Most of us have stopped paying attention to the many Pro Bowl replacements that are announced on a daily basis this time of year.
But that's not the case for LeSean McCoy. Here's what he Tweeted Sunday evening:
Nice game n all but I'm trying to get n this pro bowl ... One of them backs back out??? LOL
Earlier this month, I made the case for McCoy to be a Pro Bowler. The Cliff Notes version: His numbers were better than Steven Jackson's in pretty much every category. Michael Turner and Adrian Peterson, however, were probably just as deserving and have established reputations.
McCoy finished his second season with 1,080 yards on the ground and 592 receiving yards. His 1,672 yards combined ranked fourth in the NFL behind Houston's Arian Foster (2,218), Kansas City's Jamaal Charles (1,935) and Baltimore's Ray Rice (1,779). McCoy's 5.2 yards per carry ranked third among running backs, and he led everyone at the position with 78 receptions.
While Michael Vick grabbed many of the headlines during the season, McCoy's emergence was a huge success story for the Eagles. Entering 2010, the running game was a bit of an unknown as McCoy had turned in a decent, but unspectacular, rookie season in 2009. Now the Eagles appear to be set at running back for the next two seasons (McCoy's rookie contract goes through 2012).
Today, I wanted to take a closer look at McCoy's performance, and specifically where and when he found success running the ball in 2010. Here's a table showing the direction of his carries:
What stands out here? McCoy was significantly better running to the left, which is not surprising. Jason Peters and Todd Herremans are the Eagles' two best linemen, and this is pretty good evidence that they did an outstanding job in the run game. McCoy averaged 5.8 yards per carry to the left and 8.3 yards per carry when he got to the left sideline.
Interestingly enough, though, McCoy didn't have more attempts to the left side. He rushed 62 times to the right and 59 times to the left. When the Birds drafted McCoy, and even during his rookie season, there were questions about whether he could run effectively up the middle. Some thought he danced around too much and was always looking for a huge gain. McCoy did an excellent job running up the middle last season, though, averaging 5.1 yards per carry. Mike McGlynn, Herremans and Max Jean-Gilles/Nick Cole deserve some credit there too. The interior of the Eagles' line did a good job of creating holes.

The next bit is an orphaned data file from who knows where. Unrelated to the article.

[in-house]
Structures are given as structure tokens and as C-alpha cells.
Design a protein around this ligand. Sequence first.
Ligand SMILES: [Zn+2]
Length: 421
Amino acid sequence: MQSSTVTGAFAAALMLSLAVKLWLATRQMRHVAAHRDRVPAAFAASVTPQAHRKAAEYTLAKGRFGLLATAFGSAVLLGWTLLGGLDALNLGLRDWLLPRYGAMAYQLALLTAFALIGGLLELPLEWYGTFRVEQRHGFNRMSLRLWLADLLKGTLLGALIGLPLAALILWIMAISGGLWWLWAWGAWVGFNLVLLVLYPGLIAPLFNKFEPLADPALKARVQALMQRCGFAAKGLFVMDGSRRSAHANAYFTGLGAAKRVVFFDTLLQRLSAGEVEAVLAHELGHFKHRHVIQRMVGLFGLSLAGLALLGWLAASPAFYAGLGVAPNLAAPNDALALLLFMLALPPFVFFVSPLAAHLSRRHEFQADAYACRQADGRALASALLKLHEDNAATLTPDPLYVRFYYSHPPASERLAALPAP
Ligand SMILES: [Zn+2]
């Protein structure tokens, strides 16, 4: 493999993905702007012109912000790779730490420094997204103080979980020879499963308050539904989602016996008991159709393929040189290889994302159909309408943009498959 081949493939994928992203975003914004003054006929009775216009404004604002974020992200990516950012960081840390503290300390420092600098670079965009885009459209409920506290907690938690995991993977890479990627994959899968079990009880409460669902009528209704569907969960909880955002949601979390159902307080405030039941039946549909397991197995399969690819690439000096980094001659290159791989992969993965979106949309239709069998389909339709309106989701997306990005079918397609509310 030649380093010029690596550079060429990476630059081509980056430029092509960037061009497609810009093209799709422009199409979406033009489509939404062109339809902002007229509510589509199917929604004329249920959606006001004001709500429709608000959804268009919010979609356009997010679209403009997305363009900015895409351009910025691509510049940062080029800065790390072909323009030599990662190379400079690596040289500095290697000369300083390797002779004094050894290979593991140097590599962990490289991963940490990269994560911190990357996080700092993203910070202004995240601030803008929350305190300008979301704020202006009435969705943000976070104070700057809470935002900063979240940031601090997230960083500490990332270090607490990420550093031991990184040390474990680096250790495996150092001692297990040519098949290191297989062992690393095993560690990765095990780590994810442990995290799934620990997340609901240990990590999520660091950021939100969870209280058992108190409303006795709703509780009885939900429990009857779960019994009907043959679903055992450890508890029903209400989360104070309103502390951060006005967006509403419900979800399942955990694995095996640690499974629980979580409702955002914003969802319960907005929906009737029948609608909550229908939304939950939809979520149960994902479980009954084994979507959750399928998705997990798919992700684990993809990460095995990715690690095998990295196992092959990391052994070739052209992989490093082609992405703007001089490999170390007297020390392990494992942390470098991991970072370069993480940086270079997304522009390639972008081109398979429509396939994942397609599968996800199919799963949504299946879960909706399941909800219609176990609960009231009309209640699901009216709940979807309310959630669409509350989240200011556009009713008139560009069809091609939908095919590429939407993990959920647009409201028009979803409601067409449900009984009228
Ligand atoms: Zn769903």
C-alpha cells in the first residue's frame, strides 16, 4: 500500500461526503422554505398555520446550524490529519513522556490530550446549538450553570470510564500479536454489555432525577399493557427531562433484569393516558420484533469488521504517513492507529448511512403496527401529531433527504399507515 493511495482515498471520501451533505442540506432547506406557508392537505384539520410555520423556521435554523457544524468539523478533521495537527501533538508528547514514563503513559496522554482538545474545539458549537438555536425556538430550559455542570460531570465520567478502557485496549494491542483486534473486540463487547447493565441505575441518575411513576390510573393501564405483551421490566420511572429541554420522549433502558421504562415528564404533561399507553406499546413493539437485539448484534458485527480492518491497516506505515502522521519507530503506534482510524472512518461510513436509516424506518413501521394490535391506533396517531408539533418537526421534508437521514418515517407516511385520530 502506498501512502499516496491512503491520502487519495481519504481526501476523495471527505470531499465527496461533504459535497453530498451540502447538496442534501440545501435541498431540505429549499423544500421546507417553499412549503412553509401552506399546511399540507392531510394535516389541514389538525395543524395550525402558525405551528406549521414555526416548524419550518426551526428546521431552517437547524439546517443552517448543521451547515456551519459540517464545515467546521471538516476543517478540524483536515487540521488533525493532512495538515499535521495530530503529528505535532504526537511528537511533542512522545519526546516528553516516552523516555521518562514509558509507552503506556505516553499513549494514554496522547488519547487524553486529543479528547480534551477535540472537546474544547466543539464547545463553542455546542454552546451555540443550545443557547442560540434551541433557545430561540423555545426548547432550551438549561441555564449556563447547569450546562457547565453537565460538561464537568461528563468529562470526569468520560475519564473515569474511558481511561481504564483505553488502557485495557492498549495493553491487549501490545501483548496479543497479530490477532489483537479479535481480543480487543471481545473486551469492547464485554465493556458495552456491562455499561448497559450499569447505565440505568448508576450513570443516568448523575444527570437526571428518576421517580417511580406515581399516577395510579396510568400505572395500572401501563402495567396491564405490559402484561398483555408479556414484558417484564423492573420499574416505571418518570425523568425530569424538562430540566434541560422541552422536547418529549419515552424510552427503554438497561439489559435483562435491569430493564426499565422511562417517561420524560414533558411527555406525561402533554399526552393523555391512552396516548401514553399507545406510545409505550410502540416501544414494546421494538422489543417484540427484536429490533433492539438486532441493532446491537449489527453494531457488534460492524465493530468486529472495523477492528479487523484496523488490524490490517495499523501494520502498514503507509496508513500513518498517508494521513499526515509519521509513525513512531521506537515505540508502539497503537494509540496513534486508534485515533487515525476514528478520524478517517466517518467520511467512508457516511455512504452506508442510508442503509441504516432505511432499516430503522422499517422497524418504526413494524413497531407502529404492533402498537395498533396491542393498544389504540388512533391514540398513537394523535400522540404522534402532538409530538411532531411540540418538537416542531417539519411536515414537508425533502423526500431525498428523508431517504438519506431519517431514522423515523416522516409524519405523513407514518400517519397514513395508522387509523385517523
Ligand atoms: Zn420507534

The other impressive aspect about McCoy's performance was his strength. He talked all year about strengthening his lower body in the offseason, and that showed in a few different areas.
For starters, he was great in the fourth quarter. McCoy averaged 6.1 yards per carry in the fourth, second to only Charles (6.3). He was more effective in the fourth quarter than the first (5.2), second (4.0) or third (5.5). ESPN.com keeps a stat that measures effectiveness in close games - defined as situations where the score is within seven points (either winning or losing) in the fourth quarter. On those rushes, McCoy averaged a ridiculous 8.6 yards per carry.
He was also excellent in short yardage. According to STATS.com, McCoy was 8-for-10 on 3rd-and-short (less than 3 yards to go). That was tied for the third-best percentage among running backs, behind Miami's Lousaka Polite and Green Bay's John Kuhn.
Given the Eagles' preference to throw the football, it'd be easy to assume that much of McCoy's success came when defenses were guarding against the pass. That might have been true to some extent, but McCoy was good when the defenses stacked the box too. Not just good, actually, but the best in the league.
ESPN.com's Next Level department did the research on which running backs were best against a loaded box. Here's what they found out:
Fourteen running backs had at least 30 attempts against a loaded box this season. McCoy finished in the top four in rushing yards (207), touchdowns (three) and attempts per first down (2.8), despite having the fewest carries of those 14 backs (36). Also, McCoy was more than up to the task of running out the clock. One-third of his rushes against a loaded box came in the fourth quarter with the Eagles leading. McCoy rushed 12 times for 85 yards and three first downs in those situations. His 7.1 yards per rush was tops among backs with at least 10 carries.
That makes sense when you consider the fourth-quarter numbers I mentioned above. In other words, McCoy was an outstanding closer.
Those are the numbers from McCoy's second season in the NFL. It's remarkable that the Eagles were able to transition from an all-time great in Brian Westbrook so easily. Later this offseason, I'll revisit the discussion about how the two running backs compare.
But for now, I'll let you hit the comments section and question why McCoy didn't get the ball more in 2010, considering how effective he was.
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